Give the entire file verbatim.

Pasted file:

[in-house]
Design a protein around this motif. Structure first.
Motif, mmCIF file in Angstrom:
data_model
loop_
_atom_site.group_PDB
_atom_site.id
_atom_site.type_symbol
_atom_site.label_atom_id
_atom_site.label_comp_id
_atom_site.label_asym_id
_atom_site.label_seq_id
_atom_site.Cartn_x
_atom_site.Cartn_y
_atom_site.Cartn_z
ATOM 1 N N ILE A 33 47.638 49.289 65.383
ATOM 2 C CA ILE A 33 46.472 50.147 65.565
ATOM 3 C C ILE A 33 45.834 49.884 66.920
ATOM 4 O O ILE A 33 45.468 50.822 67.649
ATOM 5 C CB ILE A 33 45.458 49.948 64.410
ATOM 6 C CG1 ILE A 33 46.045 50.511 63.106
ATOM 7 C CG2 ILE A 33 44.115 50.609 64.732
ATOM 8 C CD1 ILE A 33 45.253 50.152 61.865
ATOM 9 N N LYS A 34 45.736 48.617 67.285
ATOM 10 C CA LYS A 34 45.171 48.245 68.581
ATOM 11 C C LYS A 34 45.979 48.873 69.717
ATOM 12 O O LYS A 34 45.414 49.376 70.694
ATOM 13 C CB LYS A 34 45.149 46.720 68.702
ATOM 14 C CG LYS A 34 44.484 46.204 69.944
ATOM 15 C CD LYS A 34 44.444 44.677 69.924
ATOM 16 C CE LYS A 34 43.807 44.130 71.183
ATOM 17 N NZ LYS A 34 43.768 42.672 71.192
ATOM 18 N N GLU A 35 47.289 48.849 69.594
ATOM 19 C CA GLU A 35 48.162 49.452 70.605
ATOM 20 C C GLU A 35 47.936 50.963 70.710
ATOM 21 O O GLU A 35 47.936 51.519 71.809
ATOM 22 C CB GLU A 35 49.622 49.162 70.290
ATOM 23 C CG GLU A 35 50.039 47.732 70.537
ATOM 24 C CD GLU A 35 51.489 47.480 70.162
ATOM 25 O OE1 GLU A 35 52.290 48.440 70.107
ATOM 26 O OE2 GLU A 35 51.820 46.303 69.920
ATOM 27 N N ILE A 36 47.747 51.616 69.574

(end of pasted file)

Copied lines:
[in-house]
Design a protein around this motif. Structure first.
Motif, mmCIF file in Angstrom:
data_model
loop_
_atom_site.group_PDB
_atom_site.id
_atom_site.type_symbol
_atom_site.label_atom_id
_atom_site.label_comp_id
_atom_site.label_asym_id
_atom_site.label_seq_id
_atom_site.Cartn_x
_atom_site.Cartn_y
_atom_site.Cartn_z
ATOM 1 N N ILE A 33 47.638 49.289 65.383
ATOM 2 C CA ILE A 33 46.472 50.147 65.565
ATOM 3 C C ILE A 33 45.834 49.884 66.920
ATOM 4 O O ILE A 33 45.468 50.822 67.649
ATOM 5 C CB ILE A 33 45.458 49.948 64.410
ATOM 6 C CG1 ILE A 33 46.045 50.511 63.106
ATOM 7 C CG2 ILE A 33 44.115 50.609 64.732
ATOM 8 C CD1 ILE A 33 45.253 50.152 61.865
ATOM 9 N N LYS A 34 45.736 48.617 67.285
ATOM 10 C CA LYS A 34 45.171 48.245 68.581
ATOM 11 C C LYS A 34 45.979 48.873 69.717
ATOM 12 O O LYS A 34 45.414 49.376 70.694
ATOM 13 C CB LYS A 34 45.149 46.720 68.702
ATOM 14 C CG LYS A 34 44.484 46.204 69.944
ATOM 15 C CD LYS A 34 44.444 44.677 69.924
ATOM 16 C CE LYS A 34 43.807 44.130 71.183
ATOM 17 N NZ LYS A 34 43.768 42.672 71.192
ATOM 18 N N GLU A 35 47.289 48.849 69.594
ATOM 19 C CA GLU A 35 48.162 49.452 70.605
ATOM 20 C C GLU A 35 47.936 50.963 70.710
ATOM 21 O O GLU A 35 47.936 51.519 71.809
ATOM 22 C CB GLU A 35 49.622 49.162 70.290
ATOM 23 C CG GLU A 35 50.039 47.732 70.537
ATOM 24 C CD GLU A 35 51.489 47.480 70.162
ATOM 25 O OE1 GLU A 35 52.290 48.440 70.107
ATOM 26 O OE2 GLU A 35 51.820 46.303 69.920
ATOM 27 N N ILE A 36 47.747 51.616 69.574